A gazebo is a freestanding, open garden structure, sometimes hexagonal or octagonal in shape, with a roof. Most gazebos are constructed of wood or metal and have built-in seating inside the sheltered area. To add a sense of enclosure and privacy, latticework or outdoor curtains or drapes are sometimes used. In a garden setting, a gazebo can serve as a focal point—something to be viewed and appreciated—or situated in a location on a property (like a hill) that offers views while providing shelter from the sun.
Depending on the region or culture, a gazebo might also be referred to as an alhambra, belvedere, kiosk, pagoda, pavilion, pergola, rotunda, shed, summerhouse, or tea house.
Adding a gazebo to your outdoor space should be carefully thought out because it can often look contrived and awkward or out of place. When planning any garden structure, try to incorporate architectural elements or features of your house for harmony and continuity. Also be aware of design considerations such as:
- Scale and proportion: Does the size and shape of the proposed gazebo fit in your yard so that it's neither too big or too small for the location?
- Style: Does it blend with your house and other structures on the property?
- Materials: Are materials like stone, wood, and iron used elsewhere on the exterior of your house?
- Location: A gazebo might be a destination, an escape, or be a place that frames a beautiful view.
- Additional hardscape features, like paths or walls: Do the materials and shapes echo those used in other parts of the yard or exterior of the home?
Small cities in the late 19th and early 20th centuries often had large gazebos in the town center or park, where they often served as bandstands. Because they have a nostalgic appeal, gazebos are a popular prop for garden weddings and are often associated with romantic scenes in films like The Sound of Music and for photographs.
What Is a Bandstand?
A bandstand is generally a rounded platform on which a band or an orchestra plays. It can be in an indoor venue or outdoors usually with a roof and open sides.
Gazebo-like structures have been built for centuries. The Egyptians built garden arbors to support grapes for wine and raisins and to provide shelter like a gezebo. At this time, such structures were primarily functional rather than decorative.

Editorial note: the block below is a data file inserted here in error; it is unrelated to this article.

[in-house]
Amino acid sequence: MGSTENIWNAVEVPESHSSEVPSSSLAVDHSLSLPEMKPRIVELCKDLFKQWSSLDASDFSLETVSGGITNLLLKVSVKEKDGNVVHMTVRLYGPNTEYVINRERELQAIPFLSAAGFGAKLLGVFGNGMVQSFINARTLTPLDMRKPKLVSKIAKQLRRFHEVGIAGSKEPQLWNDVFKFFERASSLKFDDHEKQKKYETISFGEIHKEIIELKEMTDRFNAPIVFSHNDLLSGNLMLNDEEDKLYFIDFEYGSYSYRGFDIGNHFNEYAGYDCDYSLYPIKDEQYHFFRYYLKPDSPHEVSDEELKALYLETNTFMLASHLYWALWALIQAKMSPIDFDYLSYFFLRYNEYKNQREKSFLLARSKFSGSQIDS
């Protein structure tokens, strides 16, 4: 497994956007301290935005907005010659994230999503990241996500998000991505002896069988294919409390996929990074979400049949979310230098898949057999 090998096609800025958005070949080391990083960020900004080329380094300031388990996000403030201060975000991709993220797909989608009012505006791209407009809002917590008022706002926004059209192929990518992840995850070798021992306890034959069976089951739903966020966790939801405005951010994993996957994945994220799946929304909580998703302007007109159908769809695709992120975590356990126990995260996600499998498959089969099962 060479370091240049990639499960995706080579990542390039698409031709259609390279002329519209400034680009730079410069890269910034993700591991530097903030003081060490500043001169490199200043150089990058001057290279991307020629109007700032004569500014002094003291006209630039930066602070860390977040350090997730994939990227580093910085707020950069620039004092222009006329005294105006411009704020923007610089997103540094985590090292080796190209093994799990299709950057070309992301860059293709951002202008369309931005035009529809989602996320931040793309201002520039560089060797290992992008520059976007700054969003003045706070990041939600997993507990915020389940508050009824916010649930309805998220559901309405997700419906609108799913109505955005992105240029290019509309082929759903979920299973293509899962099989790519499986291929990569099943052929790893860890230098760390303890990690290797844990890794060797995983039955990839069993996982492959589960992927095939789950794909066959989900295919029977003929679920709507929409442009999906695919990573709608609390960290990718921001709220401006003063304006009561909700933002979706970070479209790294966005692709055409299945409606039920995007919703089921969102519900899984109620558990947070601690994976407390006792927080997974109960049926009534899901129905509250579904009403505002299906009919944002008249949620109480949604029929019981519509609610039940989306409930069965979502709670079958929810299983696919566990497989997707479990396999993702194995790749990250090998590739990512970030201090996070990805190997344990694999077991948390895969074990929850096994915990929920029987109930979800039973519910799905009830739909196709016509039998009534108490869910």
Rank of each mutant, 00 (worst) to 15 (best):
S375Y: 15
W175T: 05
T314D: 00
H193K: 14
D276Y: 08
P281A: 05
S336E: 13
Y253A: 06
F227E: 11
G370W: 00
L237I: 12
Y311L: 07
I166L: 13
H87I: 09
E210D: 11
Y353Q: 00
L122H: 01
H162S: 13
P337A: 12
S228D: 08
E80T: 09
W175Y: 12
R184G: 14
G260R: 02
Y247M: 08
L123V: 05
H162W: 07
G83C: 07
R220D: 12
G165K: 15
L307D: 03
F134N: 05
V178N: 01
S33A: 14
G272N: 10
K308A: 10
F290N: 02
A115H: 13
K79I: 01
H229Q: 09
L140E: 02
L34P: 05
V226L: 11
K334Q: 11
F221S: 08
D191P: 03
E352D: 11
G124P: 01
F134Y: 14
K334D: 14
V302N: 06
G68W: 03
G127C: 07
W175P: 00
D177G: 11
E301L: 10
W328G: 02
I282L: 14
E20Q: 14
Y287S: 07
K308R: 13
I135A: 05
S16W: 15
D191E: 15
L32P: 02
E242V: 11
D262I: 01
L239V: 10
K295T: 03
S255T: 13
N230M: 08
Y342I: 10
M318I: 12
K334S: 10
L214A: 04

The real gazebo on "The Sound of Music" set in Austria was too small for the "Sixteen Going on Seventeen" dance sequence, so the scene was filmed in a replica gazebo on a sound stage in California.
Greece and Rome
Gazebos can be traced back to ancient Greece and Rome. The Greeks built temples in public spaces that were surrounded by gardens, with marble gazebos in memory of gods and goddesses.
The Romans enjoyed their private gardens as places to relax and entertain. Garden gazebos were constructed as a beautiful outdoor feature and as a gathering place.
Medieval and Renaissance Periods
While gazebos do attract attention, they also were, and still are, built to offer privacy. Elaborate gardens at churches and monasteries used gazebos as places for meditation or to establish a shrine. In Medieval and Renaissance Europe, these sanctuaries were built in more far-off areas of large estates. A gazebo would serve as a destination to which the lord of the manor and his guests would journey outside for fresh air while still under a roof.
Garden gazebos became popular in England during the 16th through 18th centuries and could be found in parks or large private estates. In the 19th century, gazebos were built for middle-class properties and also became more functional as a shelter rather than a decorative architectural feature in the landscape. The English practice of afternoon tea was enjoyed in gazebos or similar structures.
Tea houses—or teahouses—are another form of a gazebo that has been popular in China and Japan for centuries. Tea ceremonies are a time of rest, meditation, and reflection while enjoying one another's company and admiring the beautiful surroundings of nature
Creating a Private Place
With residential properties decreasing in size, it's hard to find a place to create a refuge—somewhere to get away from the cares of the day or your household. To establish a cozy hideaway on a smaller lot, add a pergola or overhead roof to your gazebo, paving, and a path leading to the area. For added privacy, create walls with lattice panels on the sides, and plant vines to grow up and over the framework. It will be beautiful to look at and a nice escape on your own property.